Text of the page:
Codner has been a Cutters customer for eight years. A Florida native, Codner became an active rider once he arrived in Bethlehem and was looking for a shop to purchase a long-term bike. 

As expensive as bikes can be, ranging from high hundreds to thousands of dollars, Codner said he felt like some shops in the area lacked customer service. 

He then found Cutters. 

“They have a very welcoming essence to them,” Codner said. “They’re more like family, you’re not just another dollar.”

An old bike hangs in the window of Cutters Bike Shop on March 22. Cutters is a family-owned shop located in Southside Bethlehem. (Zhan Li/B&W Staff)

Cutters helped to create a bike share program with the city of Bethlehem and its health bureau, and it is currently in the process of creating a bike share program with Lehigh University. Lisa Ronca said Cutters is also in partnership with the Lehigh University Police Department.

“It’s a great environment and often I’ll just stop down there just to chat because I miss them – they’re great,” Lehigh Police Chief Jason Schiffer said. “They’ve run a really great business and they’ve helped us out a lot with things like repairs and then just being a great resource for things that we need.”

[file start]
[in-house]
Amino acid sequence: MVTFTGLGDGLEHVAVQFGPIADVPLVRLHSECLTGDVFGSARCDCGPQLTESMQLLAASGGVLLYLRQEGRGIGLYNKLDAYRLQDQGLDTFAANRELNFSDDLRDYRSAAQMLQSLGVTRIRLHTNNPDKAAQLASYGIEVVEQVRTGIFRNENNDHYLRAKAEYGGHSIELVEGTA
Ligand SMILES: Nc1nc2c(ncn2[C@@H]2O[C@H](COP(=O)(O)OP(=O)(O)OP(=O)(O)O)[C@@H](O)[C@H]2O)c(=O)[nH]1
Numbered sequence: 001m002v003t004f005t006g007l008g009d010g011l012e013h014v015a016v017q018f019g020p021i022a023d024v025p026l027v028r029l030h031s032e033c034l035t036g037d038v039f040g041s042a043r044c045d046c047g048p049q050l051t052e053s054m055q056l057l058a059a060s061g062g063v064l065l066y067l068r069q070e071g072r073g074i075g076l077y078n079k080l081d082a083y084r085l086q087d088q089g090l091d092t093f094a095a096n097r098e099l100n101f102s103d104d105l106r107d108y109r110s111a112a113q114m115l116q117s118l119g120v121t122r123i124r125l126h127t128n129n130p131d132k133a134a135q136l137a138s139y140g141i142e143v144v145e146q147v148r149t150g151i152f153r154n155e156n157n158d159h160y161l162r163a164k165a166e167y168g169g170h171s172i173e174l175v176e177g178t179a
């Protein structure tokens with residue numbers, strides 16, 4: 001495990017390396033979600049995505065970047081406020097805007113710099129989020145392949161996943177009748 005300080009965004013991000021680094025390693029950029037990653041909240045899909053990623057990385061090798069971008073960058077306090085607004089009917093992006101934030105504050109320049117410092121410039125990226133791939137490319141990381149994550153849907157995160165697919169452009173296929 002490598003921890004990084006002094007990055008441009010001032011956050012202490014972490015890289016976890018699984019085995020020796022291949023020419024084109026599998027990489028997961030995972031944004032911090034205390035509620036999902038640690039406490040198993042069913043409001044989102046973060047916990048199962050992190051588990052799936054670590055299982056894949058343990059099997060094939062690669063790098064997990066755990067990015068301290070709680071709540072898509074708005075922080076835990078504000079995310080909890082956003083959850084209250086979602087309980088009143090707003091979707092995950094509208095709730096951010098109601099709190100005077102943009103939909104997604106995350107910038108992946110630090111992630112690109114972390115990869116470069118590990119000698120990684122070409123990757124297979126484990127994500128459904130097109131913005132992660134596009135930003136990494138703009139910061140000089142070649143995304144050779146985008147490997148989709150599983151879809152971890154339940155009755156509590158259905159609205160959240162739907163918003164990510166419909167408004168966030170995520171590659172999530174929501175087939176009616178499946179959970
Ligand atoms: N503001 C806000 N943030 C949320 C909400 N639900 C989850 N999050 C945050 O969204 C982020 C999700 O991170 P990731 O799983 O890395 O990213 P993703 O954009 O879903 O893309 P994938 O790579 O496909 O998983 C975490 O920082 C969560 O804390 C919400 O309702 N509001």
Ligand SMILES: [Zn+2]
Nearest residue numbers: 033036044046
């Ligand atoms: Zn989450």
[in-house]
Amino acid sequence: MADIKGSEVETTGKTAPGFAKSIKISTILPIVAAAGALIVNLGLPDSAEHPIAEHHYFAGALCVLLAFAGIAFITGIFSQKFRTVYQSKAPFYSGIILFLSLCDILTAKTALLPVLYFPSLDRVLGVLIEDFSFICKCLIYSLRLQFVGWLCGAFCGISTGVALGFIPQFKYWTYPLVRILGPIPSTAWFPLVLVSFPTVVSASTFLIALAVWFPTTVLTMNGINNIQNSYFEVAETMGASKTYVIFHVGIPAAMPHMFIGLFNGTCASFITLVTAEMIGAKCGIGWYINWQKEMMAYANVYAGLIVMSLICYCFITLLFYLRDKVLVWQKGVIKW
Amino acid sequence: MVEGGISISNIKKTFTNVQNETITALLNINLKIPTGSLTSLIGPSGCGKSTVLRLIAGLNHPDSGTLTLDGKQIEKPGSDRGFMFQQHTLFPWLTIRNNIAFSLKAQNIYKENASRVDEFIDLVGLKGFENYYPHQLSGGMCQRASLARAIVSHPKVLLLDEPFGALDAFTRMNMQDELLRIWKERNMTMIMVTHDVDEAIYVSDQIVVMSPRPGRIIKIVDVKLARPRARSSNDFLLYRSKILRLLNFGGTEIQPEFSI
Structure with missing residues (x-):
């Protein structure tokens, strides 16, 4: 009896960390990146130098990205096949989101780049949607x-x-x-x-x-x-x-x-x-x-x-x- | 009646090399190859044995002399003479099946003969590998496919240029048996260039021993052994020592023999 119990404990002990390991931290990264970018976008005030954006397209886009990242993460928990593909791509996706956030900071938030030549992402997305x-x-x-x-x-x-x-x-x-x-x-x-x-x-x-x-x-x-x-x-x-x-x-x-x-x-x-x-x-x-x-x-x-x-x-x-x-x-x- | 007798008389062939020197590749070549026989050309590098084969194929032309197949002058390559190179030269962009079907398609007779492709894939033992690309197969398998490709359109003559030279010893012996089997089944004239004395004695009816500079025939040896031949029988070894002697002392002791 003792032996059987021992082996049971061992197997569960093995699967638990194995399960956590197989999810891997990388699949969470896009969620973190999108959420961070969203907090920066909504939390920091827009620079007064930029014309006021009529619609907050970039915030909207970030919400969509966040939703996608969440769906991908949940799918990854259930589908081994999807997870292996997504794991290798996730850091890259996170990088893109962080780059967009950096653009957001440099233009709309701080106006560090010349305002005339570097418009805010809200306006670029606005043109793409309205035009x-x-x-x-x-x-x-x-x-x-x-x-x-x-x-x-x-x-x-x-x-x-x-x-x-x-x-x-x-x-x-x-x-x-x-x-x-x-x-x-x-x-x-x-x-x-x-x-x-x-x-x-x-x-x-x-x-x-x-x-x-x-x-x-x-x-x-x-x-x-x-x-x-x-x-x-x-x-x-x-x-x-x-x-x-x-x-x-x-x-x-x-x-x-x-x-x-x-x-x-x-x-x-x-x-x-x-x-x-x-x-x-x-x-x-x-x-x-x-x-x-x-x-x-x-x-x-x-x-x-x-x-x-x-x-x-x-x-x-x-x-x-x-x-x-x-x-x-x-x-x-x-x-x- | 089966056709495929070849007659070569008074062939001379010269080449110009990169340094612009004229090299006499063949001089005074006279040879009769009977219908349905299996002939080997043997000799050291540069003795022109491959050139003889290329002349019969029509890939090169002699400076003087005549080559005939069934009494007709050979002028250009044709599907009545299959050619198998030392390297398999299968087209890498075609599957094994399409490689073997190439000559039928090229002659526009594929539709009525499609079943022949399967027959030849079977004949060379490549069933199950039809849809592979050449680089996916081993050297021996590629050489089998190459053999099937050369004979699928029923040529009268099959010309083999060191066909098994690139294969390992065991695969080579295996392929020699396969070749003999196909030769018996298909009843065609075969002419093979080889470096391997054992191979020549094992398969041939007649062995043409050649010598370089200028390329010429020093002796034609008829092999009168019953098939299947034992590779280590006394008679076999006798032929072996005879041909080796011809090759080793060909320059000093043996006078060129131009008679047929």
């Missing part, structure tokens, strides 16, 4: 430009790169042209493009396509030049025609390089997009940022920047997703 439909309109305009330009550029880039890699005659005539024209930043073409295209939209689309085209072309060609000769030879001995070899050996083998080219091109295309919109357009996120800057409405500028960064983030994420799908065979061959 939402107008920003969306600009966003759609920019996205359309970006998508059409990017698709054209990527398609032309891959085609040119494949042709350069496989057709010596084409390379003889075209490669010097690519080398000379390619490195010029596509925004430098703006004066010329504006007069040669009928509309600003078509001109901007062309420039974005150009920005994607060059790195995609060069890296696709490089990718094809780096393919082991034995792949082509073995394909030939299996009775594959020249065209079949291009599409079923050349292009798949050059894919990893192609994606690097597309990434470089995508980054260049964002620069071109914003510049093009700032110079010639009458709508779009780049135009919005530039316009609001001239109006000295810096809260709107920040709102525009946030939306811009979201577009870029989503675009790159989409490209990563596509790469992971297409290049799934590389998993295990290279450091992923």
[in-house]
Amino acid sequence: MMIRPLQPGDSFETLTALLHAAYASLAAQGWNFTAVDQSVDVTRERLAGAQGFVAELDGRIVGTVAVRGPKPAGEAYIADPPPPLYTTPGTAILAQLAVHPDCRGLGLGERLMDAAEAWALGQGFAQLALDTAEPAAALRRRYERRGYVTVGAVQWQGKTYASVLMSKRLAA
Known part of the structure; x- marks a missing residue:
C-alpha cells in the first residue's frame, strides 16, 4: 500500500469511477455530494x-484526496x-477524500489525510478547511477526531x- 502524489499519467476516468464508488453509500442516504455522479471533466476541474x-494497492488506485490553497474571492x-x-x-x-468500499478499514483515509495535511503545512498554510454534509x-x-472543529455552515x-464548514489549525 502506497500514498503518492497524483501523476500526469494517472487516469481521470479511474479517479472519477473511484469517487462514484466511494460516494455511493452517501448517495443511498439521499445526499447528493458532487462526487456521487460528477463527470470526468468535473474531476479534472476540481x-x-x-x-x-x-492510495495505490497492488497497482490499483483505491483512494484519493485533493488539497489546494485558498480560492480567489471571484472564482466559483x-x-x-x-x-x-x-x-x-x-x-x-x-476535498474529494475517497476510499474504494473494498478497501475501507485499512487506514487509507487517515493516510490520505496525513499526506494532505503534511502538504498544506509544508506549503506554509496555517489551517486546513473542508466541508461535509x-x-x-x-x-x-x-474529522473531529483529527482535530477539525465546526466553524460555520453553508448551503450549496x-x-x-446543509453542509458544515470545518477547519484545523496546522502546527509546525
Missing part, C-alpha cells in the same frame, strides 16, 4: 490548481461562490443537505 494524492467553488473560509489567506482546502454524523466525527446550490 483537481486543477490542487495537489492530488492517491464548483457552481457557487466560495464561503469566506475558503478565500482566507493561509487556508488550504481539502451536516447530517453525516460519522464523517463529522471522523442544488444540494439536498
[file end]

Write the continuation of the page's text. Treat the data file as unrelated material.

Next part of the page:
Schiffer said Cutters has supplied the LUPD with helmets, bike seats, shoes, gloves and even electric bikes.

For John and Lisa Ronca, bikes serve as a vehicle for supporting the community, spending time with family and sharing their passion. 

A few years ago, using an old trailer and a makeshift sleigh constructed from bike boxes and piled with gifts, Lisa Ronca and a group of 20 other women riders, all dressed in Santa hats and onesies, biked to St. Luke’s Hospital in Bethlehem to deliver gifts and sing carols to children away from home for the holidays. 

For John Ronca, having his own shop has allowed him to watch his family grow.

“I don’t think a lot of people get to share these experiences with their families like that,” John Ronca said. “That beats any monetary compensation that you may get or beats making a million dollars a year, as opposed to being a part of my daughter’s life and my family. I think that’s the most important.”

Codner said he attributes Cutters’ growth and involvement in the community to the connections the Roncas make with their customers, often without asking for anything in return. 

“When someone says ‘bike,’ I think Cutters,” Codner said. “They’re always genuine in what they do.”